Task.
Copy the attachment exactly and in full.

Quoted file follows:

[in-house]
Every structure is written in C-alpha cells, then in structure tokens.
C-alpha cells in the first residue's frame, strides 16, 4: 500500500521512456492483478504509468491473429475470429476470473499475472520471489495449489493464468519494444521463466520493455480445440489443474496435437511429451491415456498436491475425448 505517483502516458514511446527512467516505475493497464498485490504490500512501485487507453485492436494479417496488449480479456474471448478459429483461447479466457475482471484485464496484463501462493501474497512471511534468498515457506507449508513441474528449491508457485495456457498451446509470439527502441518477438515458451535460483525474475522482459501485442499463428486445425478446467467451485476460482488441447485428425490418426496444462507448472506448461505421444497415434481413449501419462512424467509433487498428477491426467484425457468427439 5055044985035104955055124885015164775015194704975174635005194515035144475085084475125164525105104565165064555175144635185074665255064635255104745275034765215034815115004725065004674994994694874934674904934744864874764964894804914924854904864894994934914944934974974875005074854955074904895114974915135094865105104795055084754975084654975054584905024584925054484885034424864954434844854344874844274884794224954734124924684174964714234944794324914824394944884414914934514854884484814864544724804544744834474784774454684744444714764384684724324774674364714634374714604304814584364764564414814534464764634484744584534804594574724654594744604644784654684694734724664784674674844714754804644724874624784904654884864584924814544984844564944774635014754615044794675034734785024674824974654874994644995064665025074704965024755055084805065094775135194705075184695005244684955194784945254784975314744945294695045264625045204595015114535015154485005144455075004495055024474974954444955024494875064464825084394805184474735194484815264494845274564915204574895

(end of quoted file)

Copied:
[in-house]
Every structure is written in C-alpha cells, then in structure tokens.
C-alpha cells in the first residue's frame, strides 16, 4: 500500500521512456492483478504509468491473429475470429476470473499475472520471489495449489493464468519494444521463466520493455480445440489443474496435437511429451491415456498436491475425448 505517483502516458514511446527512467516505475493497464498485490504490500512501485487507453485492436494479417496488449480479456474471448478459429483461447479466457475482471484485464496484463501462493501474497512471511534468498515457506507449508513441474528449491508457485495456457498451446509470439527502441518477438515458451535460483525474475522482459501485442499463428486445425478446467467451485476460482488441447485428425490418426496444462507448472506448461505421444497415434481413449501419462512424467509433487498428477491426467484425457468427439 5055044985035104955055124885015164775015194704975174635005194515035144475085084475125164525105104565165064555175144635185074665255064635255104745275034765215034815115004725065004674994994694874934674904934744864874764964894804914924854904864894994934914944934974974875005074854955074904895114974915135094865105104795055084754975084654975054584905024584925054484885034424864954434844854344874844274884794224954734124924684174964714234944794324914824394944884414914934514854884484814864544724804544744834474784774454684744444714764384684724324774674364714634374714604304814584364764564414814534464764634484744584534804594574724654594744604644784654684694734724664784674674844714754804644724874624784904654884864584924814544984844564944774635014754615044794675034734785024674824974654874994644995064665025074704965024755055084805065094775135194705075184695005244684955194784945254784975314744945294695045264625045204595015114535015154485005144455075004495055024474974954444955024494875064464825084394805184474735194484815264494845274564915204574895